Thus there is a connection between the Moon, Mercury, and Neptune. Those who come in touch with Neptune through the Moon may become irresponsible mediums, victims of obsession, etc., but where Mercury is the gate, reason and understanding guide the aspiring Spirit. An afflicted Mercury may sometimes tempt seekers to enter by the wrong door, and mental trouble may result. If aware of the danger, however, continual care and persistence usually unlock the door of the temple, for the good forces are in the ascendancy now and grow stronger as time passes.

The Use of Astrology
in Training Children

   Question: In training children it is advised that parents get an astrological reading of the child's potentialities so as to inhibit detrimental tendencies and strengthen the beneficent. Does this pay? Is it not necessary and ultimately beneficial for the child to pass through the so-called adverse moods and experiences? Will not the spiritual nature be stronger when they are overcome? Is not acquired virtue better than innocence or purity through evasion? (Vol. II, #120)

   Answer: No, we do not advise parents to get an astrological reading for their children. We advise them to study astrology for themselves so as to be able to study and read their children's horoscopes. We do this because although strange astrologers, professional or otherwise, may be much more competent to read the children's horoscopes than the parents, they lack the keen vital interest and the sympathy which will intuitively guide the parent to a much better understanding of what is contained in that little figure than ever an outsider can.

   The parent will have a much keener appreciation of what is shown in the child's horoscope when he has to dig it out for himself and sees it there in symbolic form, than when it is simply put down for him ready to read on a typewritten page, for he or she will then be much better fitted and qualified by a deeper insight to help the child foster the good tendencies and avoid the pitfalls shown by the bad.

   Now our correspondent asks does this pay. Is the child not going to be much better off by just simply wading through the mire and blundering along than by avoiding the pitfalls that are shown? Surely not. What would we think of a captain of a ship who set out on a voyage without either chart or compass because he thought it would be far better to learn by experience than to avoid the rocks and shoals already charted by others? We should call him a foolhardy man, and be surprised if he did not put his ship on the rocks and smash it to pieces. If every one refused to take the experience of others as contained in books and the general knowledge now available in the world, how limited would be the experience of each! All the world would commit the same blunders over and over again. We find the same thing in our colleges as compared with the manually trained mechanics. The boy who goes into a shop and learns only by practice what work is done there may become fairly proficient in his trade during the time another spends in a technical school, but once the technical student has graduated and entered the shop, he not only quickly catches up with the man who has learned only by experience, but soon passes him and goes to the top. Such is the universal experience in all parts and departments of life, that by adding the practical experience of others contained in books and taught in schools to our experience we acquire a vast amount of knowledge that could not be obtained in any other way.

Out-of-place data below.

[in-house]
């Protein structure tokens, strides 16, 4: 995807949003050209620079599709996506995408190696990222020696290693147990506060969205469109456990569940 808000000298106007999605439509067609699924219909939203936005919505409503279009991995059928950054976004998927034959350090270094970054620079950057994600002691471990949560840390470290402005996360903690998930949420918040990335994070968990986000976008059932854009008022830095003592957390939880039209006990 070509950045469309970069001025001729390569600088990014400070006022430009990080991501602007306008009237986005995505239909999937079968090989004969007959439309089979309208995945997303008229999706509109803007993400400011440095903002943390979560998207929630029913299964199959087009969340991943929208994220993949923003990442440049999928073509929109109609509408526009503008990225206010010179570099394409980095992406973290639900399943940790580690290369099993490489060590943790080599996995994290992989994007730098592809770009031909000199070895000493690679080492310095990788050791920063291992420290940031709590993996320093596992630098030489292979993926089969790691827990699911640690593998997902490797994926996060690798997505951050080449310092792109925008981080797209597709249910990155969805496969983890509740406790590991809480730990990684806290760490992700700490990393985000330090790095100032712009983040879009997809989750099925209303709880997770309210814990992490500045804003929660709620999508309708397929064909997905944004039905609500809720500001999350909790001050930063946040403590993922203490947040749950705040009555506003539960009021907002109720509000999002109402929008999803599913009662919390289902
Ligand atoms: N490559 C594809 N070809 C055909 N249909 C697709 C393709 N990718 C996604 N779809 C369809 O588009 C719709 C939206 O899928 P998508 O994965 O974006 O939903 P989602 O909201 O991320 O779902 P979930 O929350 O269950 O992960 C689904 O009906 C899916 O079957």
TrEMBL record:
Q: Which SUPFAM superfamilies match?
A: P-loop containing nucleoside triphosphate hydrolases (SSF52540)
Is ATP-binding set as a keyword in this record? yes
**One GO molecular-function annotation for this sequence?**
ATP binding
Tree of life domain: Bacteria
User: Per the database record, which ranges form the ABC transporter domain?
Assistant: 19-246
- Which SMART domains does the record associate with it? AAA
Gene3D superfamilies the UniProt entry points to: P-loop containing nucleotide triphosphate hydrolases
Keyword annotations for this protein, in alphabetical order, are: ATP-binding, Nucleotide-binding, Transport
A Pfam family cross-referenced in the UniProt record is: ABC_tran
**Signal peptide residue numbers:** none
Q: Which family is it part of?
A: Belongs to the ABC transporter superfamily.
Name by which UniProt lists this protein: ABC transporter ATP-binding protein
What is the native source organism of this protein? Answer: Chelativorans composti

It is the same in the school of life with respect to ethics and morals. If someone who is interested in us knows just at what point we fall short, is able to supply the needed training or encourage us to train ourselves in that particular branch of morals and ethics, or is ready to help and restrain us when we would rush headlong into a pit, he may help us acquire the same faculties and qualities in a different way than would be the case if we were left to our own devices and forced to learn by experience. Thus we shall be able to advance upon the path of evolution much better than if we had to learn through our own sin and suffering.

   If we see in the horoscope of a little child a tendency toward drunkenness, and we take it during its years of childhood when the nature is sympathetic and sensitive, to places where others are making beasts of themselves, to homes where children are being beaten by a drunken father, and to any other place where an object lesson that will appeal to the sympathies of the child may be had, the chances are that we may instill in such a little one a horror for drink that will last throughout life and keep it on the straight path so far as that vice is concerned. Then the child has learned the lesson equally as well by the sorrows of others as if it had to go through the mire itself, and the object has been attained.

   Besides, the parent or guardian who has done the child such a wonderful service will have laid up for himself a treasure in heaven that is precious beyond all that words can express. Therefore we shall continue to urge parents and guardians to study the science of astrology and apply it in the training of children. By our simplified system it is easy to do the mathematical part, nor is the reading difficult when love points the way.

   This article was adapted from "The Rosicrucian Philosophy in Questions and Answers, Vol. II," by Max Heindel.